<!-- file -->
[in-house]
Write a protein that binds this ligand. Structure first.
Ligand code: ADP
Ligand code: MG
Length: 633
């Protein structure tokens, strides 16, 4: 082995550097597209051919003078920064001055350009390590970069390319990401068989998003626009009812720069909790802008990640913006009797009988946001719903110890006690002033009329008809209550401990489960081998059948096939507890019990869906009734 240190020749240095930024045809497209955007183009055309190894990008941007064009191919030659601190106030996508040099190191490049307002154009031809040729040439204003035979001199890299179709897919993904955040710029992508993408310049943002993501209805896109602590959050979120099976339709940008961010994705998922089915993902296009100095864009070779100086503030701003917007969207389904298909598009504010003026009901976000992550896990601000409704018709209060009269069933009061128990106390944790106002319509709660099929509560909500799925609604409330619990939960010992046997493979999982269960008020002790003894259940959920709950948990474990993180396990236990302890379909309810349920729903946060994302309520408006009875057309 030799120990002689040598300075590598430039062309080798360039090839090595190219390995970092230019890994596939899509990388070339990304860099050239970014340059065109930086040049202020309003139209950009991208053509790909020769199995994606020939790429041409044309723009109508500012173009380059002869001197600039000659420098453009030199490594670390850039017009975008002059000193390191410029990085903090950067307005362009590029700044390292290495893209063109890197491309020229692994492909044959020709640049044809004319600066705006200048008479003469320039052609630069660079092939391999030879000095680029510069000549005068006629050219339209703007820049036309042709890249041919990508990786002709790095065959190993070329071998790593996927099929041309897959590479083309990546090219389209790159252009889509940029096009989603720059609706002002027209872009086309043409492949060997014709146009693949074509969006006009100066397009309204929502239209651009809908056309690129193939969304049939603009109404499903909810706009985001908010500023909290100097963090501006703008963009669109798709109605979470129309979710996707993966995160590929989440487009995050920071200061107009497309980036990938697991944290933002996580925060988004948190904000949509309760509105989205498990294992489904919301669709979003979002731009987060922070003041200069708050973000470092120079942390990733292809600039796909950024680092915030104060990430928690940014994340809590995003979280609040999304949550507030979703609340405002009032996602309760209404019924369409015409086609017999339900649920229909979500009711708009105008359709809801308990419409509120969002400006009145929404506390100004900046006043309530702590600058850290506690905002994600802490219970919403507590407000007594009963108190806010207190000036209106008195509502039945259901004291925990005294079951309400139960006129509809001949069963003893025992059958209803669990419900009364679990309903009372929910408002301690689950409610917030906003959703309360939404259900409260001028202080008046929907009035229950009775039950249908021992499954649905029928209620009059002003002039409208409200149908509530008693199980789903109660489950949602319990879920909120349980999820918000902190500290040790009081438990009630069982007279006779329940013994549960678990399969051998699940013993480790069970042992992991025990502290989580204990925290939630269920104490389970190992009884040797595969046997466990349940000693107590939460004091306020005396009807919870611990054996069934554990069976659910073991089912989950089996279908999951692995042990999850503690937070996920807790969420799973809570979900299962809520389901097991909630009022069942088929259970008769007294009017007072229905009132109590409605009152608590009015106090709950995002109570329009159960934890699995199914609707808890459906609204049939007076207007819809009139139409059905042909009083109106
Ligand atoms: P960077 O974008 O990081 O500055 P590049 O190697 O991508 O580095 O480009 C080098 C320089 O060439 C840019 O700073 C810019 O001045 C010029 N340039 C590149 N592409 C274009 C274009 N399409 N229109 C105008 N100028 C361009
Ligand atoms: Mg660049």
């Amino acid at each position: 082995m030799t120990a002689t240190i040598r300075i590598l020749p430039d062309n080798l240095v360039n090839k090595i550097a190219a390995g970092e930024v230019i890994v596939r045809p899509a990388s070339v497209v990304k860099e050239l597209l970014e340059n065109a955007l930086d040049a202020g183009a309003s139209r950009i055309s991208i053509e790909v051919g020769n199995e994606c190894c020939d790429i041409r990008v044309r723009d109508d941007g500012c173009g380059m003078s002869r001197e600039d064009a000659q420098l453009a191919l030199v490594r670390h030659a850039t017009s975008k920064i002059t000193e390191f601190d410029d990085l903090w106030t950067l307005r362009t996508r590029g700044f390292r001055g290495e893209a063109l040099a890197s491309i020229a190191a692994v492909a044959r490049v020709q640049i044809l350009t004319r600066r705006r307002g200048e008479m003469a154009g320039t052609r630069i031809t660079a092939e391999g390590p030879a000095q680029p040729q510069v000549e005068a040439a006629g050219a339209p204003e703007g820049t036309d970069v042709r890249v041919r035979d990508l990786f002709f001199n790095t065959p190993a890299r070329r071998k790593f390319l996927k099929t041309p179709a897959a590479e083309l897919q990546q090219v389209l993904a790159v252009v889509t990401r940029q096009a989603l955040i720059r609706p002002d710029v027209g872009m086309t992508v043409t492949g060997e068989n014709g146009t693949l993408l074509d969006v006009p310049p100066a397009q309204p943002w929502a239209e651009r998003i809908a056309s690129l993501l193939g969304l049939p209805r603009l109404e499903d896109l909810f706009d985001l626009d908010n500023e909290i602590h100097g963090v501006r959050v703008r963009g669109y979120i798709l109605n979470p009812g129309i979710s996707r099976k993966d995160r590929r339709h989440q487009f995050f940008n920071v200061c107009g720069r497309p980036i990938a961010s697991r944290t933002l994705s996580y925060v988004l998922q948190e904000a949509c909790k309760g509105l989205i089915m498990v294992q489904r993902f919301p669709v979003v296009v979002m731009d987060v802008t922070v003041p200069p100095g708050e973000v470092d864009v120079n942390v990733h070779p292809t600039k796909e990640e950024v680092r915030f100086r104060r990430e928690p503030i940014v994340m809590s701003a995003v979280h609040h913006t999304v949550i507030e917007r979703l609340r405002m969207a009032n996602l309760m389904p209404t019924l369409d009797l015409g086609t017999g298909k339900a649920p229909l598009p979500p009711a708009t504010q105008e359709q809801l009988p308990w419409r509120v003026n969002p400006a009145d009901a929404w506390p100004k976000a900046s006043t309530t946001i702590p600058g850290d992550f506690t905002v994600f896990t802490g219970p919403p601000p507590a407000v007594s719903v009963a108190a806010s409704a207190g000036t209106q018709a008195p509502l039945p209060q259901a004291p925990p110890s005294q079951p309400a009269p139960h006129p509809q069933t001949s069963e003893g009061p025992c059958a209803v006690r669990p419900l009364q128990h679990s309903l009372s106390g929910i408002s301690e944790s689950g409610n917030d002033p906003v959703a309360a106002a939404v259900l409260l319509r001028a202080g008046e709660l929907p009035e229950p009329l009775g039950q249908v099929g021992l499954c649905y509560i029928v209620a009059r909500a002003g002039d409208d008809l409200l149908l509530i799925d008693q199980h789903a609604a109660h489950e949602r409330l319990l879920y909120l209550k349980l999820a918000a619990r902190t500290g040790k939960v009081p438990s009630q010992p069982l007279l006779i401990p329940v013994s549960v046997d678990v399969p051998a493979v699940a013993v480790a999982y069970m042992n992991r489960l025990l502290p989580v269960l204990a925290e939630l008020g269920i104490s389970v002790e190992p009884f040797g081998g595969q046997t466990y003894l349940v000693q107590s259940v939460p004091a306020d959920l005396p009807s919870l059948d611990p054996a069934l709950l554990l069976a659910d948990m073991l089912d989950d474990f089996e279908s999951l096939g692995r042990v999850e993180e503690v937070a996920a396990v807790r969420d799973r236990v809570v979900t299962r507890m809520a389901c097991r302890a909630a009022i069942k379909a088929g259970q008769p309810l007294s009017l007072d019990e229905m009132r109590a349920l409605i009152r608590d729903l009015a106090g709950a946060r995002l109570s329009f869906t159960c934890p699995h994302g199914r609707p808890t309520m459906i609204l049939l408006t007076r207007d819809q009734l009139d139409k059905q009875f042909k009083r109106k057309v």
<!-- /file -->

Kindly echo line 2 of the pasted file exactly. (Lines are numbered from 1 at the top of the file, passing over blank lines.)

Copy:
Write a protein that binds this ligand. Structure first.